Tabernacle Prayer: BRONZE LAVER

Laver: Wash basin

‘“Adonai spoke to Moses, saying, “ you will also make a basin of bronze with a bronze stand for washing.  You are to place it between the Tent of Meeting and the Altar and put water in in it. 

Aaron and his sons are to wash their hands and their feet there.  Whenever they go into the Tent of Meeting or come near to the altar to minister, to present an offering made b fire in smoke to Adonai, they are to wash with water so that they do not die.  They are to wash their hands and their feet, so that they do not die.  It is to be an eternal statute for them, to him and to his offspring through their generations.” ( Exodus 30:17-21 TLV

Going through the Tabernacle is a progression.  This is a progressive walk toward a deeper intimacy with God.  This is a time where we prepare to have face-to-face communion with the Living God.

It was here at the bronze laver that the priests washed their hands and feet before entering into and coming out of the holy place. The laver was made from the bronze mirrors of the women and The word “laver” means a bath or wash basin containing water for the purpose of washing. The Jewish priests were commanded to continually wash their hands and feet during tabernacle service.

The ancient Jewish Mikvah came from the Laver.  In every Jewish community there was a Mikvah, a place of physical and spiritual cleansing.  The Mikvah had to be a place of running or flowing water.  Not stagnant.  John the Baptist, when he was calling out in the wilderness, “baptizing” people in the Jordan River, in a sense he was calling the people of Israel back to the Laver, back to the place of cleansing.  This was to be a time of preparation for the “Kingdom of God is at hand”.  Yeshua, Jesus was about to come on the scene and John was to herald His coming in Elijah-like fashion.

Today, most churches practice baptism, through immersion or sprinkling.  This was taken from the Jewish Mikvahs.  The Jewish people were very aware of their need for a cleansing before they met with their God.  They went to their Mikvahs in preparation for any major life event such as their marriage, to end their mourning after a death of a loved one, etc.  Women entered the Mikvahs after each menstrual cycle and after the birth of their babies.

“Although the term “baptism” is not used to describe the Jewish rituals, the purification rites in Jewish law and tradition, called t’vilah, have some similarity to baptism, and the two have been linked. The t’vilah is the act of immersion in natural sourced water, called a mikvah.  In the Jewish Bible and other Jewish texts, immersion in water for ritual purification was established for restoration to a condition of “ritual purity” in specific circumstances.” (Wikipedia Dictionary)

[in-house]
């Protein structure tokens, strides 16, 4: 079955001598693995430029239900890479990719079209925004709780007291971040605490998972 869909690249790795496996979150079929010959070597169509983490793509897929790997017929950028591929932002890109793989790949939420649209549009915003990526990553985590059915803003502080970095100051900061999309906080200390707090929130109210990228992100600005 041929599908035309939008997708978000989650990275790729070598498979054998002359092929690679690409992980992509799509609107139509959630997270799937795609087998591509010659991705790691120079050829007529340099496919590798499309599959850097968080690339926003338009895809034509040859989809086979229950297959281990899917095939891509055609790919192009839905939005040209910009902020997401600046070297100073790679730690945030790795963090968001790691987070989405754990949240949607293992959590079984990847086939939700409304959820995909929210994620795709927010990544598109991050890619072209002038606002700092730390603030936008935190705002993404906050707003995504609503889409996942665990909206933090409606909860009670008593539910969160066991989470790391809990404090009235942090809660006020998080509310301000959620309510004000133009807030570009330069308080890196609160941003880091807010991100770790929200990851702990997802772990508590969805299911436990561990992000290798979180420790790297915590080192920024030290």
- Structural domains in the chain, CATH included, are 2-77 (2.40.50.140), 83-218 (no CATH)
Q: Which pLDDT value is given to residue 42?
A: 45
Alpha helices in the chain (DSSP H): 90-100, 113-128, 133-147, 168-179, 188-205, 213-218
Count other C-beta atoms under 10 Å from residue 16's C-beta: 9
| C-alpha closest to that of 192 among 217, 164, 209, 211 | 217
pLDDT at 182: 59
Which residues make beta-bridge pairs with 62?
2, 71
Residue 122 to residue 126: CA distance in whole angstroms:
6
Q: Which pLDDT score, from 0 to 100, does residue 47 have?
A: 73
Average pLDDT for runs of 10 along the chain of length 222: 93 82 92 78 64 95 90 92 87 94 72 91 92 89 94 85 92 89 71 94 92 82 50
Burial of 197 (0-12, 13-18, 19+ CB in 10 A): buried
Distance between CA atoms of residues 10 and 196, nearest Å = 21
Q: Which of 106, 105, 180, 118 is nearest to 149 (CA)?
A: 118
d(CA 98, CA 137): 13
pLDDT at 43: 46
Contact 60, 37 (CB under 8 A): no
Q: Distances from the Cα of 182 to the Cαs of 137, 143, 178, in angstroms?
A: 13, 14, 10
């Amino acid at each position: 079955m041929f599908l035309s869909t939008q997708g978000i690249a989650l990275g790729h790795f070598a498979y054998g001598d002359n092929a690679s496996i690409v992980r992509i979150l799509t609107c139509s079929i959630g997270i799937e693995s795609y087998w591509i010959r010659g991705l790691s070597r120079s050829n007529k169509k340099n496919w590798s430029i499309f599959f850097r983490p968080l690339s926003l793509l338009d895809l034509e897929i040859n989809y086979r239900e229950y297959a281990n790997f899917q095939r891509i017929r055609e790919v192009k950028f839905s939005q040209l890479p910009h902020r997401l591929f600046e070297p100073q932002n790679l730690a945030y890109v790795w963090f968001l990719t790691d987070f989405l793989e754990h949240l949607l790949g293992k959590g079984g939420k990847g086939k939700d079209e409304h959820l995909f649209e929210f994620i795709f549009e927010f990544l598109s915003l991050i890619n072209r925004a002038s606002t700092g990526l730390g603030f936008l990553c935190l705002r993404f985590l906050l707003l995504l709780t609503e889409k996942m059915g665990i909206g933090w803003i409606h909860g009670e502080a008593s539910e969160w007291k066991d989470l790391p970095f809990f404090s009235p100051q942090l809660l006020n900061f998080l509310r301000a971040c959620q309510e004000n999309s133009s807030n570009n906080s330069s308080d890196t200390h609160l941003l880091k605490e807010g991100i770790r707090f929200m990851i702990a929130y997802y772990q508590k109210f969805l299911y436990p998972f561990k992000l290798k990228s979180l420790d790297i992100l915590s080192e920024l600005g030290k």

Its Position

The laver was placed between the door of the Holy Place and the altar.

(1) It came after the altar (sacrifice first). The appointed priest, as he entered the gate of the outer court, faced the altar, where he made a sacrifice for himself like any other Israelite. Once beyond the altar he was ready to act as a serving priest and so at the laver he prepared himself for the further service of God. He could then minister at the altar or in the Holy Place because he washed at the laver.

The altar always came first for the priest. Salvation and then service. God was approached by way of the blood and the water.

(2) It came before the door (wash before entering). Within the door of the Holy Place were vessels that represented God Himself. No priest dare enter with any trace of uncleanness. “Be holy as I am holy” was commanded to the priests.

(3) It came after leaving the Holy Place (wash before going out). In the outer court everything was bronze. Inside the Holy Place everything was gold. As the priest came out of Gods Presence and back into service he washed at the laver, filled with water for the continual cleansing of the priests as they ministered in the work of the Lord.